I don't really remember the day I was born...or

  • I don't really remember the day I was born...or the day I died for that matter. So I suppose we'll have to skip past all that and get to the real story. Not that there's

  • much to it. Eating, sleeping, working. That was pretty much it for seventy years. My obit was three words. "He was okay." No plot at all. However, my influence on others was

  • nada zilch нет, as if I never existed. I never once got weird with it, cocked a snoot, or rode the wave fantastic. Noone tripped over my shadow on my passing. But now that I'm dead

  • I wish someone would notice- my associates, my boss, anyone. This morning, my wife yelled at my side of the bed she was working late. It's been 3 days-when will SHE realize I died?

  • Most of that time I've spent decomposing, which is like watching grass grow from the dirt's perspective. It's bad enough that my wife called the smell an improvement to my hygien.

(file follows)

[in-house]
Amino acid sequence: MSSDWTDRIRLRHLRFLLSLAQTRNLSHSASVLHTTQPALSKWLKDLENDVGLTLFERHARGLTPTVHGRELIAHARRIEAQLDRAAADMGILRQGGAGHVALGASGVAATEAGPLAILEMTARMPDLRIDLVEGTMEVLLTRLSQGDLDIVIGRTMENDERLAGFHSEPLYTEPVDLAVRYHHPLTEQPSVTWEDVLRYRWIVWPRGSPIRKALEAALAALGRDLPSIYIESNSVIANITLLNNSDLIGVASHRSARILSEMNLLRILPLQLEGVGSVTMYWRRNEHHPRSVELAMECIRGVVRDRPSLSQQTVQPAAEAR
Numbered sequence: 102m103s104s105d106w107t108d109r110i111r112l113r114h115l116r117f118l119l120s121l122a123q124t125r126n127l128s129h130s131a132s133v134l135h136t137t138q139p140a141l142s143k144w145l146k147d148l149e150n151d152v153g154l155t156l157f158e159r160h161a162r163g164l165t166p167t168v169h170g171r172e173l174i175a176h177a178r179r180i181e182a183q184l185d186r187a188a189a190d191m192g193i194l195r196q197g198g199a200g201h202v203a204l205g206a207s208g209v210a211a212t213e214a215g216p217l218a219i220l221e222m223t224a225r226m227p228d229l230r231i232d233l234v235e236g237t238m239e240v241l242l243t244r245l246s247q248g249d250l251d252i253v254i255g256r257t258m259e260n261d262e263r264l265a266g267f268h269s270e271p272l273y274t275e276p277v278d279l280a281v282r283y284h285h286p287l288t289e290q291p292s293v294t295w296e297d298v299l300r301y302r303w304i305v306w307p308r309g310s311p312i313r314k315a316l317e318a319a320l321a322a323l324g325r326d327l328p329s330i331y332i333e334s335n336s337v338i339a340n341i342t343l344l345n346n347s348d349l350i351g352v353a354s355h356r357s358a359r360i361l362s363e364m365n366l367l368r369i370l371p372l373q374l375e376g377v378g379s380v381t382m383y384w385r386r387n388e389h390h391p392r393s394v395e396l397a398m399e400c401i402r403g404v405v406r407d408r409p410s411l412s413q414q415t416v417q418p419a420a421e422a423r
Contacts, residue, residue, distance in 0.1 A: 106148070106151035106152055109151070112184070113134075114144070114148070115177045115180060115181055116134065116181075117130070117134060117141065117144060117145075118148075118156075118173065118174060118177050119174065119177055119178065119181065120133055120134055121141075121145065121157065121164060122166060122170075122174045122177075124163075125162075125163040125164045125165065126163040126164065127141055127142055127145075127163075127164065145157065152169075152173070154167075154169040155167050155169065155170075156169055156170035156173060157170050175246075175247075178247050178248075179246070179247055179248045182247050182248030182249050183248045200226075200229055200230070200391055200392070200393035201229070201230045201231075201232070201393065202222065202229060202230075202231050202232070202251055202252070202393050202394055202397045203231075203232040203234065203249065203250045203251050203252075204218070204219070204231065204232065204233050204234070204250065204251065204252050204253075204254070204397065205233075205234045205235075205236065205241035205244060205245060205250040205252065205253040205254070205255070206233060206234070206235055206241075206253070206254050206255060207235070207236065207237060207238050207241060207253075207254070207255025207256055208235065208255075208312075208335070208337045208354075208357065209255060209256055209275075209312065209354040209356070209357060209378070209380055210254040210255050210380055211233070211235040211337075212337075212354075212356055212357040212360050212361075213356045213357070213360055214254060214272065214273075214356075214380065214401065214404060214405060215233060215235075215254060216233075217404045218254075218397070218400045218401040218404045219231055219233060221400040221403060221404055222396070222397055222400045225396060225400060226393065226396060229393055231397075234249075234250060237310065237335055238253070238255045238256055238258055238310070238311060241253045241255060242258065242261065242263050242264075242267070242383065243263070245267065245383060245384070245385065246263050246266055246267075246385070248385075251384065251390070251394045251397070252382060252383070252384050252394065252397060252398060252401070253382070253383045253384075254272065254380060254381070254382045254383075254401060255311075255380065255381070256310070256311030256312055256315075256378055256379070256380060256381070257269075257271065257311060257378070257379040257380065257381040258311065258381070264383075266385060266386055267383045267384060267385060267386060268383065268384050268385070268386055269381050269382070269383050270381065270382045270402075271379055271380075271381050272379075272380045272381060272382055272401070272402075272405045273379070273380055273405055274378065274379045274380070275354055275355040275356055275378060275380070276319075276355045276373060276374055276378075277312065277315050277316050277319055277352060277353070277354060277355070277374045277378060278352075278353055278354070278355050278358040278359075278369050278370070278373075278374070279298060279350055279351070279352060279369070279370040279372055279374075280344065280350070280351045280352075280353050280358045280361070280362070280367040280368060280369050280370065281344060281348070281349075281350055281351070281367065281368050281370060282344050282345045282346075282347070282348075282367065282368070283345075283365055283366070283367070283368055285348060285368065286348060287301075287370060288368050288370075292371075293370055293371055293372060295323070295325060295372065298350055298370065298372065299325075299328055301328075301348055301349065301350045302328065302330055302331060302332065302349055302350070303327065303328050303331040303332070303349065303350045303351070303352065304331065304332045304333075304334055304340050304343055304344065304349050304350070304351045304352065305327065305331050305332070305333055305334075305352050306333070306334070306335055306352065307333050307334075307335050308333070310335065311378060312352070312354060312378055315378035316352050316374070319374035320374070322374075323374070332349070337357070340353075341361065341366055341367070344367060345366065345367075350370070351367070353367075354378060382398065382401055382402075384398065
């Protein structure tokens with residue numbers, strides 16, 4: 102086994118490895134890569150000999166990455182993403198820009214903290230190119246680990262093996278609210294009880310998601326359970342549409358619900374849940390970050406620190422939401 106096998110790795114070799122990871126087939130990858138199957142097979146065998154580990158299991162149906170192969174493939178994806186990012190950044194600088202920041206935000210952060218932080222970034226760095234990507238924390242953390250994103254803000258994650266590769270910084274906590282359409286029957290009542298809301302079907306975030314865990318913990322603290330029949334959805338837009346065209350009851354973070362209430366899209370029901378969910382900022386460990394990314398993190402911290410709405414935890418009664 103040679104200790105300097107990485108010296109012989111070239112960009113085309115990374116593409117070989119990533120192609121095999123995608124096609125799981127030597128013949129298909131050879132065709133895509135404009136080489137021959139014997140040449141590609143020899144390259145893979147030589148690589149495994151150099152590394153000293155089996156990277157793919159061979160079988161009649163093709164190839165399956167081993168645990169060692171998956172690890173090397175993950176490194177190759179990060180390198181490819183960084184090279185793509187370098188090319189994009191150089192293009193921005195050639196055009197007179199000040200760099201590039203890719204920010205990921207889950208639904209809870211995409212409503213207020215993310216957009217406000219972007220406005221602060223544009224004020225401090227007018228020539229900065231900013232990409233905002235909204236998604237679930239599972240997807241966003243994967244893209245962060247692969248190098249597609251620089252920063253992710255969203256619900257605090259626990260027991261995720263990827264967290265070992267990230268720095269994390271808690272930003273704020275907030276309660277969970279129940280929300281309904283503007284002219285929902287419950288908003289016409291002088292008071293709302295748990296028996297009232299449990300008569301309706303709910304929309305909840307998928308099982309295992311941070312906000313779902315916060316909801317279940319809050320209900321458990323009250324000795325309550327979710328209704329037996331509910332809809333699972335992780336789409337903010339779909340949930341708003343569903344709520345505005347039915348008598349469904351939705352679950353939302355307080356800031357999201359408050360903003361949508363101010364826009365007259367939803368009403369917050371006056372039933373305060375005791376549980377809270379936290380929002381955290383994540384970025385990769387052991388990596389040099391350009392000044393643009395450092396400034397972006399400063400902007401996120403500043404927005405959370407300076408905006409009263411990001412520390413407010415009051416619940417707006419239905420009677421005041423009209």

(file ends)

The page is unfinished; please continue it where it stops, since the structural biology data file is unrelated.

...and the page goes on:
• But did she really had to dress me in a mankini, now the whole world will know the drapes don't match the curtains. With my body now inanimate I couldn't do anything but watch as

  • she encased me in a glass coffin and made a masoleum and museum in my humor and shame. The mankini manikin, the joke of the town, the fuel to my slow boiling bloodlust and rage.

  • She charged admission! Lying there day after day in my glass coffin, my mankini'd body on display for all to see...I had to break out. The creme brulee booth was stocked with torch

  • Effects to attract visitors. There was record attendance at the museum of unusual objects. I waited until the place closed, broke the glass and opened a window, then closed it. Fre

  • edom, the contraversial display of a window that was not quite open but not quite closed (since a full grown man could fit through the shards of glass) went on to win many awards.



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